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Criccieth – Fighting on the Green.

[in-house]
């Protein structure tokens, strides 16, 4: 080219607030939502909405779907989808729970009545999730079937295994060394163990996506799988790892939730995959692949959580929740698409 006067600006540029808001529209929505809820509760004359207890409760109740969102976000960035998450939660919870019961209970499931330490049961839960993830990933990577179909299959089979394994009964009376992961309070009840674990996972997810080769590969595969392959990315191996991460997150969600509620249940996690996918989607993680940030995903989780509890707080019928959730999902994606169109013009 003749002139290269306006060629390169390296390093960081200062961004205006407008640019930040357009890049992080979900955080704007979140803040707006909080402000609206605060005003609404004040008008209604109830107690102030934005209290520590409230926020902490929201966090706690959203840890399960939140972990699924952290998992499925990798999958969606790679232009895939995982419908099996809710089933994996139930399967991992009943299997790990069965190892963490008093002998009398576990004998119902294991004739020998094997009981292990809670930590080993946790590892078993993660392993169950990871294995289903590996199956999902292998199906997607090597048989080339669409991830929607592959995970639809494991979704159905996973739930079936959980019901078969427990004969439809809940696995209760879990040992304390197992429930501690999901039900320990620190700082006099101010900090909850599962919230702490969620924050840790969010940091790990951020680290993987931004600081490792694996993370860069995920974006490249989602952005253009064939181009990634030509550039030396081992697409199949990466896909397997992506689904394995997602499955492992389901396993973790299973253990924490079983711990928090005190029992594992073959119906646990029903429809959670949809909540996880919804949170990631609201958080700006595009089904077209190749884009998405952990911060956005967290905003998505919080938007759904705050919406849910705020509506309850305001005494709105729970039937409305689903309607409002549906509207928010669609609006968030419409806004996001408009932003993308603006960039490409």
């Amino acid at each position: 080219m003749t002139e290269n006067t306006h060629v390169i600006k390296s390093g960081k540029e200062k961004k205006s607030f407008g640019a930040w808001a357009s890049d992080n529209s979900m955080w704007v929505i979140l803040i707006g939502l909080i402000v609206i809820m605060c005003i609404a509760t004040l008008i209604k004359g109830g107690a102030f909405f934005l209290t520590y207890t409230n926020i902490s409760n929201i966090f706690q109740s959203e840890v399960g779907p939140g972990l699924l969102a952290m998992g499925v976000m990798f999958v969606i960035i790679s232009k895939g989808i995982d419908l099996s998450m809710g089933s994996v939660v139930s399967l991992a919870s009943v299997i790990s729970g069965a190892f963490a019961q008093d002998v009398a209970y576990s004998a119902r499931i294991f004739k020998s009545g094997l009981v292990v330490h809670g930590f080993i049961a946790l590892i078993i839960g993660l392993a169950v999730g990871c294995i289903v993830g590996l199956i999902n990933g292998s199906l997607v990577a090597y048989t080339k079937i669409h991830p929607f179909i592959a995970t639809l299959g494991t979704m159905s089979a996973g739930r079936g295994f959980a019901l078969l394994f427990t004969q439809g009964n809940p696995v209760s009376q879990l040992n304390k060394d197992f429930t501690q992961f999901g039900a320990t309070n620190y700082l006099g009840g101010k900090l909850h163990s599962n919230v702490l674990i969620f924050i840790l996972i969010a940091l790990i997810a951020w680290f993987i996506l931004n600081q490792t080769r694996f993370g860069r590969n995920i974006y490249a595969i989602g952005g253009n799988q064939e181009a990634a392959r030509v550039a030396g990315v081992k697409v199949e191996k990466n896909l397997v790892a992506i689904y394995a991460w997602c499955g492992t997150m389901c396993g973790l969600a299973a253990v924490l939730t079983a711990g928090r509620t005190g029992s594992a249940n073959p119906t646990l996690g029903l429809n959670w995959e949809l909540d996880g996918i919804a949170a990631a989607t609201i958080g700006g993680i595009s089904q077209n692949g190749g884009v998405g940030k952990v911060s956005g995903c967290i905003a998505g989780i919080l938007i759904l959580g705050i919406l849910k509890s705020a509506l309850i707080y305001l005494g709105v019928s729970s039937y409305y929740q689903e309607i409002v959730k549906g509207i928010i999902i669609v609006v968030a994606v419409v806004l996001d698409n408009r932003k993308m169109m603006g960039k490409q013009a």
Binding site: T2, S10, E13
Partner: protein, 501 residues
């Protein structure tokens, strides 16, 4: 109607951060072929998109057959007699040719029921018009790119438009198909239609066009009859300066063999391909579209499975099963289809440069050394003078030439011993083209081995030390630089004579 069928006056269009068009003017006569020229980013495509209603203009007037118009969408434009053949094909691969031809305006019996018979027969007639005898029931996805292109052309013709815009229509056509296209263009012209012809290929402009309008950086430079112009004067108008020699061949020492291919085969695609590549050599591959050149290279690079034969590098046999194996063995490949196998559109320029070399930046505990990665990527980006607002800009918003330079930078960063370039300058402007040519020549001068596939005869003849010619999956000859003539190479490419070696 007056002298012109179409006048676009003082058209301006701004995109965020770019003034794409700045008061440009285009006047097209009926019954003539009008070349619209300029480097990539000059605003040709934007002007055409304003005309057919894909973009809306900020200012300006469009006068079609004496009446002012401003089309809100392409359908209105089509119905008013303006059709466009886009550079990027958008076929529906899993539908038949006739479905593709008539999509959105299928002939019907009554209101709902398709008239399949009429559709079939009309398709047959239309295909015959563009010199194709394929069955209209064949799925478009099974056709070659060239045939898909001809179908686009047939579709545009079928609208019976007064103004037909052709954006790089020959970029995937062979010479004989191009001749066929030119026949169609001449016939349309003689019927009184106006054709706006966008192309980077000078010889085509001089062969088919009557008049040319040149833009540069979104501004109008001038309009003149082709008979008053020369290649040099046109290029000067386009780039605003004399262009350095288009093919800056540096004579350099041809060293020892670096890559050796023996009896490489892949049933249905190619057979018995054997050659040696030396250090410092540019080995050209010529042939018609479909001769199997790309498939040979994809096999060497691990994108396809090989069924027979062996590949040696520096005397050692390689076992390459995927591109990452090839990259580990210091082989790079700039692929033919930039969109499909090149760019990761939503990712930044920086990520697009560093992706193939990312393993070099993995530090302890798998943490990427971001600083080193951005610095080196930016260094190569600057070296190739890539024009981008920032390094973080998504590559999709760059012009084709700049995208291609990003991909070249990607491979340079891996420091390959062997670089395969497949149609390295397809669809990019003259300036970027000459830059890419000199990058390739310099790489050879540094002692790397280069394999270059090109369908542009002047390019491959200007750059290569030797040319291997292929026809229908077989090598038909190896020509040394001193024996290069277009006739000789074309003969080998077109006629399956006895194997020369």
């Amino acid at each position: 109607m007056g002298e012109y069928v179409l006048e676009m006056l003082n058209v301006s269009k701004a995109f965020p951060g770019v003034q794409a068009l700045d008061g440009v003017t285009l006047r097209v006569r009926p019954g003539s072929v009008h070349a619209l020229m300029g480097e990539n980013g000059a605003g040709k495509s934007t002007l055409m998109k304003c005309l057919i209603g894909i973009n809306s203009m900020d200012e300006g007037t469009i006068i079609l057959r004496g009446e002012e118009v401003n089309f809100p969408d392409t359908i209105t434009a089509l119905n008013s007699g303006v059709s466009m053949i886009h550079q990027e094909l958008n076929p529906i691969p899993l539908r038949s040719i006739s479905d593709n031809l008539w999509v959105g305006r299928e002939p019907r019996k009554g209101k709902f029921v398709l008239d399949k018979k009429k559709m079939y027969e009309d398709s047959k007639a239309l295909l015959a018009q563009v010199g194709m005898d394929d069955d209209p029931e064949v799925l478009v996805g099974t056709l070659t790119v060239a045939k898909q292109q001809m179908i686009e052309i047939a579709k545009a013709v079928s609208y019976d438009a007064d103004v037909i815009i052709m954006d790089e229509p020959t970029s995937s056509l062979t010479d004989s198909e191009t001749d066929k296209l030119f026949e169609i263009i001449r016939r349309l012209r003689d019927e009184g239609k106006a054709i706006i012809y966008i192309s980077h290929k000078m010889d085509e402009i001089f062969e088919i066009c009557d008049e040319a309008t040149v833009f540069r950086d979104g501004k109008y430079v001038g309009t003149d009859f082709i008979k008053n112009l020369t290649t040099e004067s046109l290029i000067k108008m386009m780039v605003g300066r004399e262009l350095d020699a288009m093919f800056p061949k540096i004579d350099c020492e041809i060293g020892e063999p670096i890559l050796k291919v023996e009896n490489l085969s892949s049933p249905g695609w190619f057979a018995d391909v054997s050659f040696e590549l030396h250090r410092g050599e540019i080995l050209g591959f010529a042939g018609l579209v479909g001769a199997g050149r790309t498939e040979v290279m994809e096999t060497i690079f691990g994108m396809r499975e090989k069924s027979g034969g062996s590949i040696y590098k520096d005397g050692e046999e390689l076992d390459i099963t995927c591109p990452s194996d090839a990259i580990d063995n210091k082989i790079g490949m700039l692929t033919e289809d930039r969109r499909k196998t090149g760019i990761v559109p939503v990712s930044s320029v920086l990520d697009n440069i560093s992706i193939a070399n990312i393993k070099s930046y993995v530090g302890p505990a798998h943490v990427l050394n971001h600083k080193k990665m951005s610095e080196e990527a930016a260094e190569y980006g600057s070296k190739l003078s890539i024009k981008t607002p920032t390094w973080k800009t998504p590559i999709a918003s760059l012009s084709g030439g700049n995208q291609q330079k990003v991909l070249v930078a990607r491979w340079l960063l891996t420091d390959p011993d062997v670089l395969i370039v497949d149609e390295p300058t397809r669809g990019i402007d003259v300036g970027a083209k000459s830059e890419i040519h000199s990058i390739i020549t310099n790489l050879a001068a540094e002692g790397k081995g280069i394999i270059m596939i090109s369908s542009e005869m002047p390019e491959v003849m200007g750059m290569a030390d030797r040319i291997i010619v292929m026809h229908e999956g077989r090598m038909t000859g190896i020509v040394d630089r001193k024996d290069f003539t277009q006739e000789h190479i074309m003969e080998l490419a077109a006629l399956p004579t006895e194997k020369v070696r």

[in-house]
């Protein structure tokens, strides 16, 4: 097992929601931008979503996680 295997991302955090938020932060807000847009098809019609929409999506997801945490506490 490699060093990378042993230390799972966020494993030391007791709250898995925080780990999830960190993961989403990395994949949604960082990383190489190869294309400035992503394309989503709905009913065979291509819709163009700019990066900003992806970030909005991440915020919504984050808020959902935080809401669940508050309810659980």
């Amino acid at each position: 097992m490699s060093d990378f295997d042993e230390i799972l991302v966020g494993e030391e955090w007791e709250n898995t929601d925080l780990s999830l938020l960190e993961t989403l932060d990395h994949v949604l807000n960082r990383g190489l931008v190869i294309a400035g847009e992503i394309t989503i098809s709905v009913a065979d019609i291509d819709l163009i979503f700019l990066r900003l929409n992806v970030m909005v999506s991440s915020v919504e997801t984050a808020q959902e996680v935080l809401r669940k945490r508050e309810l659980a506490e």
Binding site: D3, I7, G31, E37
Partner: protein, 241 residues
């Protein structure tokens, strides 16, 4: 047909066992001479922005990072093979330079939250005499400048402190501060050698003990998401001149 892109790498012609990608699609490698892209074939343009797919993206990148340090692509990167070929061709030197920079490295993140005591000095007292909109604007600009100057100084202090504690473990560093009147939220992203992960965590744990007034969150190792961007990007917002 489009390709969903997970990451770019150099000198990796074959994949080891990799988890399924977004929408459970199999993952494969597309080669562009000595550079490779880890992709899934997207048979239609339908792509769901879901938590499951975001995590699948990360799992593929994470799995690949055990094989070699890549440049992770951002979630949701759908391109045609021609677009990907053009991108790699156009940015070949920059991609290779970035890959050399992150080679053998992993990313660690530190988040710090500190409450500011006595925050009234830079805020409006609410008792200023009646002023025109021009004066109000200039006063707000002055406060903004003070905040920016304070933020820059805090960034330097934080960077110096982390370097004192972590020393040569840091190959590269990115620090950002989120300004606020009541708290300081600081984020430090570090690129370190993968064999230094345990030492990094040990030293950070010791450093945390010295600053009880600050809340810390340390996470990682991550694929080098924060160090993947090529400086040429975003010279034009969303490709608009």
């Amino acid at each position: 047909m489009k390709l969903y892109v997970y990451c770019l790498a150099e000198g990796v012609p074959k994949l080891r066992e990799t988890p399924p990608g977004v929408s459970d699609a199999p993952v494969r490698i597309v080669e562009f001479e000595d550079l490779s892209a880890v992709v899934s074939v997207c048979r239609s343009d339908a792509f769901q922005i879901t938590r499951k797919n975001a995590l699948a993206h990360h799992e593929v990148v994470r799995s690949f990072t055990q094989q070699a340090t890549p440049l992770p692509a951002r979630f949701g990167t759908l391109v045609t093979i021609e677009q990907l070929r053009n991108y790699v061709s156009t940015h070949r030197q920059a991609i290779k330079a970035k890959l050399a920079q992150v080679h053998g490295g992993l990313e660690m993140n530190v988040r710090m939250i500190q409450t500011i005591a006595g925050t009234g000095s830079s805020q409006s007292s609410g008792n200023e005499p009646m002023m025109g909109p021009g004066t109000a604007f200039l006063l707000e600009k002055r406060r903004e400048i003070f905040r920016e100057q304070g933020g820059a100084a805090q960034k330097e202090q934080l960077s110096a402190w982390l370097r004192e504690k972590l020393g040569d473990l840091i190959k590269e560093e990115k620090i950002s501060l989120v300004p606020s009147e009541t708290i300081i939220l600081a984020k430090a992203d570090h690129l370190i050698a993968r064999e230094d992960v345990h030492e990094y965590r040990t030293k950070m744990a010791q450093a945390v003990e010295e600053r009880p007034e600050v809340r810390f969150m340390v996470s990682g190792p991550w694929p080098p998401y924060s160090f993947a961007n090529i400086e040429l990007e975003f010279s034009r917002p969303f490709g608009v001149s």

The Borough of Criccieth was established in 1284. The charter required that, at the annual Michaelmas Court, two men be appointed as bailiffs to oversee law and order and control “nuisances” (anti-social behaviour). As Criccieth was a small, quiet community this was not an onerous position for most of the year; perhaps the rounding up of stray animals to put in the pinfold or pound or reminding residents to keep their pig sties and ash pits clean and tidy. Fair days were different as many people came to the town from all over the district. In medieval days the fair was at the foot of the castle and down to the sea with animal sales on the Maes. There were taverns on Castle Street and in the square. On Caernarfon Road was “Ty’n y Maes” which later became the Lion Hotel. There was much consumption of beer and wine which often resulted in arguments and fights broke out. The bailiffs would lock the worst offenders in the animal pound. After the building of the Turnpike Road, businesses and taverns developed along what eventually became the High Street and the centre of the town moved to here. There were more fairs and animal markets than there are today and following the arrival of the railway in 1867 many more animals were brought in and people from far afield attended. The town would have been hurly-burly of activity. The farmers congregated at Pont Cwrt to discuss crops and animals, there would be the shouts and calls of the traders, fortune tellers and operators of luck or chance games and music from steam organs at the fun fair. Every now and then a gipsy or trader would gallop his horse or pony down the street to show off its fitness. The farm hands would stand on street corners waiting to be hired or paid and quarrymen from Ffestiniog, newly paid off sailors from Porthmadog with money in their pockets, Criccieth fishermen and folk from the countryside would fill the taverns and public houses. Much to the dismay of the chapels and temperance societies, there would be excessive drinking. This often led to misunderstandings, insults, arguing over girls and just showing off or challenging. A crowd would gather around the antagonists, cheering them on. As hobnailed boots or clogs were usually worn there would sometimes be serious injuries. Leather belts with heavy brass buckles could cause serious cuts. The Caernarvonshire Constabulary was established in 1857 and by 1861 there was a proper police station with cells on the Maes so the worst offenders could be locked up. This anti social behaviour continued well into living memory. Dafydd Glyn Williams recalled, during the 1920s, “The gypsies always used to go to the Lion Hotel for a drink and would have to leave at closing time – which was 3 o’clock. As children we would wait outside as it was inevitable that they would start rowing and fighting with each other.” Thankfully, the fighting is now, mostly, a thing of the past. The fair is today a very small affair with only the sounds from the fun fair reminding us of what Criccieth Fair days were like.

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